• The use of the retarders increased the ultimate strength of the cement blend systems at the long-term age. Even with a polymer ratio up to 6%, the mortars with the retarders showed higher compressive strengths than the mortar without both retarders and polymers after 28 days of curing. This was likely to happen because the retarders created a finer and denser hydrated cementitious matrix as observed in the MIP results, by increasing the dispersibility of cement grains, their specific surface areas, and the accessibility of water to them.
  • Despite variations in the polymer ratio, the compressive strengths of all the mortars with retarders tended to converge at the age of 90 days. This reflects the formation of a more refined pore structure with a higher polymer ratio that compensated the inherited weak strength of the polymer powder itself, as well as the formation of a monolithic co-matrix between the cement hydrates and polymer phases. The authors will examine the combined effects of the set retarders and polymer powder on the ITZs in the near future.
  • At the age after 60 days, the sample with retarders and 10% polymer exhibited both the smallest porosity and average pore diameter among all the HCP samples. This highlights that the combined use of retarders and polymer had a synergetic effect to refine the pore structures of the cement blend systems.
  • According to the EDS spot analyses, the paste with the retarders at 60 days of curing had a slightly more Al uptake on average than the paste with no retarders. This supports the compression test results that the mortar with the retarders showed higher strengths than the mortar without retarders after 28 days of curing.

Author Contributions

Conceptualization, S.G., S.Y.J., and M.S.; Formal Analysis, S.G.; Investigation, S.G.; Writing-Original Draft Preparation, S.G.; Writing-Review & Editing, M.S., and S.Y.J.; Funding Acquisition, M.S.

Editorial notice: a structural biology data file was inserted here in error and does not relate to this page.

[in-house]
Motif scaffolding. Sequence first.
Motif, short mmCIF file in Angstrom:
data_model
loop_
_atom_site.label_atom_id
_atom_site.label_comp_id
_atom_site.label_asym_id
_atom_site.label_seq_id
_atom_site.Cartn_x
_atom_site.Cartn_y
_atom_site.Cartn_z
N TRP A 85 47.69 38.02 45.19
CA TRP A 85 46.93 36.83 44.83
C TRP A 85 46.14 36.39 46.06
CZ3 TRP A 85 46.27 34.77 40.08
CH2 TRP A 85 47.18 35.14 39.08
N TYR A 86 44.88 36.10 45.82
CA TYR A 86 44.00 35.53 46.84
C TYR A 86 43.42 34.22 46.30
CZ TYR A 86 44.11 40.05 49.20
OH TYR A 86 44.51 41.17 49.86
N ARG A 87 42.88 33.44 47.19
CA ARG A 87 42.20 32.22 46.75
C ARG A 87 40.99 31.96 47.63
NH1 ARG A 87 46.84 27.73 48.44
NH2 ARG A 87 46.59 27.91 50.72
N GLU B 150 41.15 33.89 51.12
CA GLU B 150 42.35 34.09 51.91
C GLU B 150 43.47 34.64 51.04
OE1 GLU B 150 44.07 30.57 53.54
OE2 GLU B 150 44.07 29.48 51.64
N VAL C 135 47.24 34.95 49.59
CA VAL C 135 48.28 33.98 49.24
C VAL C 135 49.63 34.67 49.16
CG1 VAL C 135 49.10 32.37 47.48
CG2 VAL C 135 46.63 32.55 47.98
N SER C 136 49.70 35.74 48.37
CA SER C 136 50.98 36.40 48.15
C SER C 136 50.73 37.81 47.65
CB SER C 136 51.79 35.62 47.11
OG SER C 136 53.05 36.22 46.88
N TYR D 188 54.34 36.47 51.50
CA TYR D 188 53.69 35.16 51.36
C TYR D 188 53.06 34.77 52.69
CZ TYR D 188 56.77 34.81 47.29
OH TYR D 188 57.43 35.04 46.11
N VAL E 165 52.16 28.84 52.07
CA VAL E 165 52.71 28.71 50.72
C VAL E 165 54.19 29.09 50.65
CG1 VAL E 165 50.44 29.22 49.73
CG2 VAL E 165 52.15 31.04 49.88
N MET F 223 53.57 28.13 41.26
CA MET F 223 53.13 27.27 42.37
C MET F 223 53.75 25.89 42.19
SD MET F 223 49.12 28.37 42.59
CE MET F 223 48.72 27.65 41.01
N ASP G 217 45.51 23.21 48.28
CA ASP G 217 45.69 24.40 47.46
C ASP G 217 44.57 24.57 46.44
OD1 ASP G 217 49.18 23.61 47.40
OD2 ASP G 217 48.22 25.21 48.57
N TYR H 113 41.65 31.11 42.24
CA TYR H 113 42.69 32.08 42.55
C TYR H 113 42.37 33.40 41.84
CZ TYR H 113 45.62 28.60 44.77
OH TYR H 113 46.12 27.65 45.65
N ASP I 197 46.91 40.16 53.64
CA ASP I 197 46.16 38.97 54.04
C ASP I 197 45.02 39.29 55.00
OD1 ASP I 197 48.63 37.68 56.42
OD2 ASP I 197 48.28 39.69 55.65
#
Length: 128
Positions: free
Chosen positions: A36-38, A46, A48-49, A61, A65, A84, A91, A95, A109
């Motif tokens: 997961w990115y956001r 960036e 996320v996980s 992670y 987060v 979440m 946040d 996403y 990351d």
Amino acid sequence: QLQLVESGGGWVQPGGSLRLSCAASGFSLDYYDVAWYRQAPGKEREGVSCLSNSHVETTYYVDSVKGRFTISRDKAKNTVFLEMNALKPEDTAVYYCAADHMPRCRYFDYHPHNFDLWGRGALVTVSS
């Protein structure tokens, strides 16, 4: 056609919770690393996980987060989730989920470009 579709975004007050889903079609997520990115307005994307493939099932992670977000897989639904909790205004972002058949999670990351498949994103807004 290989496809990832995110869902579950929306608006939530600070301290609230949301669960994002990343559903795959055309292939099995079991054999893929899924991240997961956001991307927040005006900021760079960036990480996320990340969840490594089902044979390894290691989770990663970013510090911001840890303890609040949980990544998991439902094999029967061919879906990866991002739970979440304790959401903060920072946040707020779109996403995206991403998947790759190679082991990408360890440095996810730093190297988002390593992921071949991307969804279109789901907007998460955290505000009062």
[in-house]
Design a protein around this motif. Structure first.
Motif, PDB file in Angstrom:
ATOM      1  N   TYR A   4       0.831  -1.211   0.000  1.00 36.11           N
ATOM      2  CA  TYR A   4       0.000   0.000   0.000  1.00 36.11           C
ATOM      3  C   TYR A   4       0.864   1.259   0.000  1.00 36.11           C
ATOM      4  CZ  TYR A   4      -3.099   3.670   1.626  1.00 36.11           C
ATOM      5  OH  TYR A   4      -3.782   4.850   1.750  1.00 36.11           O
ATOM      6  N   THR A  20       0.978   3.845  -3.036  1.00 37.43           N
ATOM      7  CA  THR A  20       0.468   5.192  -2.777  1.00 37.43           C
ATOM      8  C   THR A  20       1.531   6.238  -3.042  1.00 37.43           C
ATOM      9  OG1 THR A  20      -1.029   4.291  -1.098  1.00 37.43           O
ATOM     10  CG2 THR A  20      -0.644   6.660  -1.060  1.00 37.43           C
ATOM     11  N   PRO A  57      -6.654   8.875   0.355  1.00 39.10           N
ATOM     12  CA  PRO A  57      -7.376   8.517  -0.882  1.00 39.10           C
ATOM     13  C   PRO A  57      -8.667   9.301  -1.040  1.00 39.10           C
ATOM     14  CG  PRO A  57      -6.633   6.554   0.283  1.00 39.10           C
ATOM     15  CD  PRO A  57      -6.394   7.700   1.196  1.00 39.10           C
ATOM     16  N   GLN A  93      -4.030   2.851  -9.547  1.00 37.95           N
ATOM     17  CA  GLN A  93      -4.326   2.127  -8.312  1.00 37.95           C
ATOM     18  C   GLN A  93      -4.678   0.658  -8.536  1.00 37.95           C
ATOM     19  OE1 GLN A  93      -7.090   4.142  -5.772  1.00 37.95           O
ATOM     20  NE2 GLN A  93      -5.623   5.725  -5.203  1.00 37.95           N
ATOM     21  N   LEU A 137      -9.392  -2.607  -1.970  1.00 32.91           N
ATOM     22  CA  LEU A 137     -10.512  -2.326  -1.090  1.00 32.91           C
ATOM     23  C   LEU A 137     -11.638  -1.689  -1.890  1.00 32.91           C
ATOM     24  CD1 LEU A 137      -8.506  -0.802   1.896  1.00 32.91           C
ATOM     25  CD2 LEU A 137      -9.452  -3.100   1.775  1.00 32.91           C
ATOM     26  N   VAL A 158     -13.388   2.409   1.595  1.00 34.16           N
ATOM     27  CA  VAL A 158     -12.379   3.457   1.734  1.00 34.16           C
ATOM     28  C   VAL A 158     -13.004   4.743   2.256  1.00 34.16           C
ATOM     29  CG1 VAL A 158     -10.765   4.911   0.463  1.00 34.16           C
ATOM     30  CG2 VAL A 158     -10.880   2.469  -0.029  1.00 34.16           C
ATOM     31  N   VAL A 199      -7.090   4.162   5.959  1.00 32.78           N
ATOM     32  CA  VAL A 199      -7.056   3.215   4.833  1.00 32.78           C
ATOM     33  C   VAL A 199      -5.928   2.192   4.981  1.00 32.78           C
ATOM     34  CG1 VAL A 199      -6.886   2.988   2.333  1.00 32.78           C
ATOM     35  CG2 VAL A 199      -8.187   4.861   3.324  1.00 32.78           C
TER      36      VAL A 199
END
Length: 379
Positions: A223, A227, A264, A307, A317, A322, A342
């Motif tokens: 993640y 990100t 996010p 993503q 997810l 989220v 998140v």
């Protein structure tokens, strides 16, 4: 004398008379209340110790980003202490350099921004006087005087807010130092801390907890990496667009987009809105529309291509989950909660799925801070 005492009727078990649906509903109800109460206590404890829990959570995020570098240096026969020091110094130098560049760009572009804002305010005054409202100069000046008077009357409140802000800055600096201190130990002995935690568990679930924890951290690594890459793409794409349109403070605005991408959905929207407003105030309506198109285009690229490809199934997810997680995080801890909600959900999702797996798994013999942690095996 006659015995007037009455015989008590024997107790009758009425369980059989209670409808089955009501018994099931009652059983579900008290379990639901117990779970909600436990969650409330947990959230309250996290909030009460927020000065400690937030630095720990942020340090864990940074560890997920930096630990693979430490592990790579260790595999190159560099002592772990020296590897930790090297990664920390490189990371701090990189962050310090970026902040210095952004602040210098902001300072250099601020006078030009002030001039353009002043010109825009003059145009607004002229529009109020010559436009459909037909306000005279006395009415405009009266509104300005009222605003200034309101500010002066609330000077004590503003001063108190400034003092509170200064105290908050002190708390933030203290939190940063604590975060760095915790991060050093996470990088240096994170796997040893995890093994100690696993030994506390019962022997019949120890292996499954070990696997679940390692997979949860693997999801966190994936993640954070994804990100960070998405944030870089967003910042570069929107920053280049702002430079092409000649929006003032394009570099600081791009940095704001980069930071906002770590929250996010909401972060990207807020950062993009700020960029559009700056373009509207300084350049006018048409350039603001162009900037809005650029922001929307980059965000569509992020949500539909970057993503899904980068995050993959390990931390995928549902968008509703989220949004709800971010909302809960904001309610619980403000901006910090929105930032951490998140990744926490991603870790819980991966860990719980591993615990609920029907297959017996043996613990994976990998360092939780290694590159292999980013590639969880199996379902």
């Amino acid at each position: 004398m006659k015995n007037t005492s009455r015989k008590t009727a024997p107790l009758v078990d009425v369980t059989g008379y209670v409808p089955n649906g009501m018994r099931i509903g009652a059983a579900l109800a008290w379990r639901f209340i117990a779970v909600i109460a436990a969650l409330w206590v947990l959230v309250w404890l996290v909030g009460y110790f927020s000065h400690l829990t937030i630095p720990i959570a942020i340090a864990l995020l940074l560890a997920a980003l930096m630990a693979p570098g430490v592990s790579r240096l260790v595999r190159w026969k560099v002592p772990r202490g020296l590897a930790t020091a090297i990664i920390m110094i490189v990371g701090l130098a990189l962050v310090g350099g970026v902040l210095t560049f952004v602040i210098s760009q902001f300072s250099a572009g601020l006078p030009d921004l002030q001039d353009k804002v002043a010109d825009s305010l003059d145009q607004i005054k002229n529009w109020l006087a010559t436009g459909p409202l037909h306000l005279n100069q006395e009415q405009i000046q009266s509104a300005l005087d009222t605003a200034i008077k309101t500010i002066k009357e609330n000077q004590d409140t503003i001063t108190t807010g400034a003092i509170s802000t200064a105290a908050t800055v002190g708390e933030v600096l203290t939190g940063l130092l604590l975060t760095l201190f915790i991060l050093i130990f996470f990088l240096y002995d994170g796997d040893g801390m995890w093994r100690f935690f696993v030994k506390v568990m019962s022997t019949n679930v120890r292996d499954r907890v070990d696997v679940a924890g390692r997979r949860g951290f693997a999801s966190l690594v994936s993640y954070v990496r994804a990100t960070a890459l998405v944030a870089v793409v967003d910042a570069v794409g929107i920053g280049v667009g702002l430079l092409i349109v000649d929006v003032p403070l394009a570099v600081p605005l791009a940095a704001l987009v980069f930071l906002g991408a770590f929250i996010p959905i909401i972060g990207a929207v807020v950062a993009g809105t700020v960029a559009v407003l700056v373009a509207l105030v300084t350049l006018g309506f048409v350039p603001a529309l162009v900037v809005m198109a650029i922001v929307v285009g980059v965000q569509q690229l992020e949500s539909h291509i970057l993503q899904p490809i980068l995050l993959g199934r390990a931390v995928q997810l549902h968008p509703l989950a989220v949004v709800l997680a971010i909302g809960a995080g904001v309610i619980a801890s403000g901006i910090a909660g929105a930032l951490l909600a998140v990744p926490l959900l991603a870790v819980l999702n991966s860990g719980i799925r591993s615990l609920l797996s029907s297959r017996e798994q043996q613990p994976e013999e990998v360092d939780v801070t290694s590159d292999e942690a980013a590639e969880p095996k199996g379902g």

Funding

This research was supported by a grant (No. 18SCIP-B103706-04) from the Construction Technology Research Program funded by the Korean Ministry of Land, Infrastructure and Transport.

Conflicts of Interest

The authors declare no conflict of interest.

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Figure 1. The raw materials: (a) cement blend; (b) citric acid; (c) zinc acetate; (d) redispersible polymer powder; and (e) quartz sand.
Figure 1. The raw materials: (a) cement blend; (b) citric acid; (c) zinc acetate; (d) redispersible polymer powder; and (e) quartz sand.
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Figure 2. The XRD pattern of the raw cement blend.
Figure 2. The XRD pattern of the raw cement blend.
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Figure 3. The XRD patterns of the set retarders: (a) citric acid; (b) zinc acetate.
Figure 3. The XRD patterns of the set retarders: (a) citric acid; (b) zinc acetate.
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Figure 4. The compressive strengths of the mortars.
Figure 4. The compressive strengths of the mortars.
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Figure 5. The pore size distributions of mixtures B-0-N and B-0-Y at different ages (1 d, 60 d): (a) cumulative intrusion; (b) log differential intrusion (unit: mL/g).
Figure 5. The pore size distributions of mixtures B-0-N and B-0-Y at different ages (1 d, 60 d): (a) cumulative intrusion; (b) log differential intrusion (unit: mL/g).
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Figure 6. The pore size distributions of mixtures B-0-Y and B-10-Y at different ages (1 d, 60 d): (a) cumulative intrusion; (b) log differential intrusion (unit: mL/g).
Figure 6. The pore size distributions of mixtures B-0-Y and B-10-Y at different ages (1 d, 60 d): (a) cumulative intrusion; (b) log differential intrusion (unit: mL/g).
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Figure 7. The integrated XRD pattern for mixture B-0-Y at 1 day.
Figure 7. The integrated XRD pattern for mixture B-0-Y at 1 day.
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Figure 8. The XRD patterns of the cement pastes without a polymer (B-0-N, B-0-Y) at 3 h, 1 day, and 60 days.
Figure 8. The XRD patterns of the cement pastes without a polymer (B-0-N, B-0-Y) at 3 h, 1 day, and 60 days.
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Figure 9. The XRD patterns of the cement blend pastes with varied polymer ratios: (a) B-0-Y and B-10-Y at 3 h and 1 day; (b) B-0-Y, B-2-Y and B-10-Y at 60 days.
Figure 9. The XRD patterns of the cement blend pastes with varied polymer ratios: (a) B-0-Y and B-10-Y at 3 h and 1 day; (b) B-0-Y, B-2-Y and B-10-Y at 60 days.
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Figure 10. The Al/Ca vs. Si/Ca ratios for Mixtures (a) B-0-N and B-0-Y; and (b) B-10-Y at different ages.